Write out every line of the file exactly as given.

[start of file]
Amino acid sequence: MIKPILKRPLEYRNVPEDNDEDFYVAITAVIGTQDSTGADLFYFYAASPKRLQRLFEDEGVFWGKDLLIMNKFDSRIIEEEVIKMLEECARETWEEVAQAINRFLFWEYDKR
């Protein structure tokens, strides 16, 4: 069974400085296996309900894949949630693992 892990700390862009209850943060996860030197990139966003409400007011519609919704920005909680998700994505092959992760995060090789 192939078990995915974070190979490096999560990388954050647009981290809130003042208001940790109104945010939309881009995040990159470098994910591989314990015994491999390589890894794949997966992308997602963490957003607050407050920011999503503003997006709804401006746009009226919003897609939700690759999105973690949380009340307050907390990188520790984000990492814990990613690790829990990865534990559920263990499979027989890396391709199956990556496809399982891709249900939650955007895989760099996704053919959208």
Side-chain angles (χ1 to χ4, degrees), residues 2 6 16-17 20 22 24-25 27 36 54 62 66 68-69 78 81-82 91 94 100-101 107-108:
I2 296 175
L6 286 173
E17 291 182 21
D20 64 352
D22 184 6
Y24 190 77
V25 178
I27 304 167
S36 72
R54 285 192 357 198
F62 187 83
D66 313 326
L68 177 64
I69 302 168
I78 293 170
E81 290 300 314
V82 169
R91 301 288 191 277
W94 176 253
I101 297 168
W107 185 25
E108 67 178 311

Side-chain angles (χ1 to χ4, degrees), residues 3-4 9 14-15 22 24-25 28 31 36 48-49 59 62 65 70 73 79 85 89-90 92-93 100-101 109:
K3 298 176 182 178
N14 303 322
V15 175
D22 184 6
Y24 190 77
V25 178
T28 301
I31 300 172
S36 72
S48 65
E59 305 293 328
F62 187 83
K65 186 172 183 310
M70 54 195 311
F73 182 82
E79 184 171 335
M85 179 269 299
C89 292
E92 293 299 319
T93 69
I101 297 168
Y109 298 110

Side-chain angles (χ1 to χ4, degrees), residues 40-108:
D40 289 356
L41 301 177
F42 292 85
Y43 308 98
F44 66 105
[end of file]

Amino acid sequence: MIKPILKRPLEYRNVPEDNDEDFYVAITAVIGTQDSTGADLFYFYAASPKRLQRLFEDEGVFWGKDLLIMNKFDSRIIEEEVIKMLEECARETWEEVAQAINRFLFWEYDKR
């Protein structure tokens, strides 16, 4: 069974400085296996309900894949949630693992 892990700390862009209850943060996860030197990139966003409400007011519609919704920005909680998700994505092959992760995060090789 192939078990995915974070190979490096999560990388954050647009981290809130003042208001940790109104945010939309881009995040990159470098994910591989314990015994491999390589890894794949997966992308997602963490957003607050407050920011999503503003997006709804401006746009009226919003897609939700690759999105973690949380009340307050907390990188520790984000990492814990990613690790829990990865534990559920263990499979027989890396391709199956990556496809399982891709249900939650955007895989760099996704053919959208």
Side-chain angles (χ1 to χ4, degrees), residues 2 6 16-17 20 22 24-25 27 36 54 62 66 68-69 78 81-82 91 94 100-101 107-108:
I2 296 175
L6 286 173
E17 291 182 21
D20 64 352
D22 184 6
Y24 190 77
V25 178
I27 304 167
S36 72
R54 285 192 357 198
F62 187 83
D66 313 326
L68 177 64
I69 302 168
I78 293 170
E81 290 300 314
V82 169
R91 301 288 191 277
W94 176 253
I101 297 168
W107 185 25
E108 67 178 311

Side-chain angles (χ1 to χ4, degrees), residues 3-4 9 14-15 22 24-25 28 31 36 48-49 59 62 65 70 73 79 85 89-90 92-93 100-101 109:
K3 298 176 182 178
N14 303 322
V15 175
D22 184 6
Y24 190 77
V25 178
T28 301
I31 300 172
S36 72
S48 65
E59 305 293 328
F62 187 83
K65 186 172 183 310
M70 54 195 311
F73 182 82
E79 184 171 335
M85 179 269 299
C89 292
E92 293 299 319
T93 69
I101 297 168
Y109 298 110

Side-chain angles (χ1 to χ4, degrees), residues 40-108:
D40 289 356
L41 301 177
F42 292 85
Y43 308 98
F44 66 105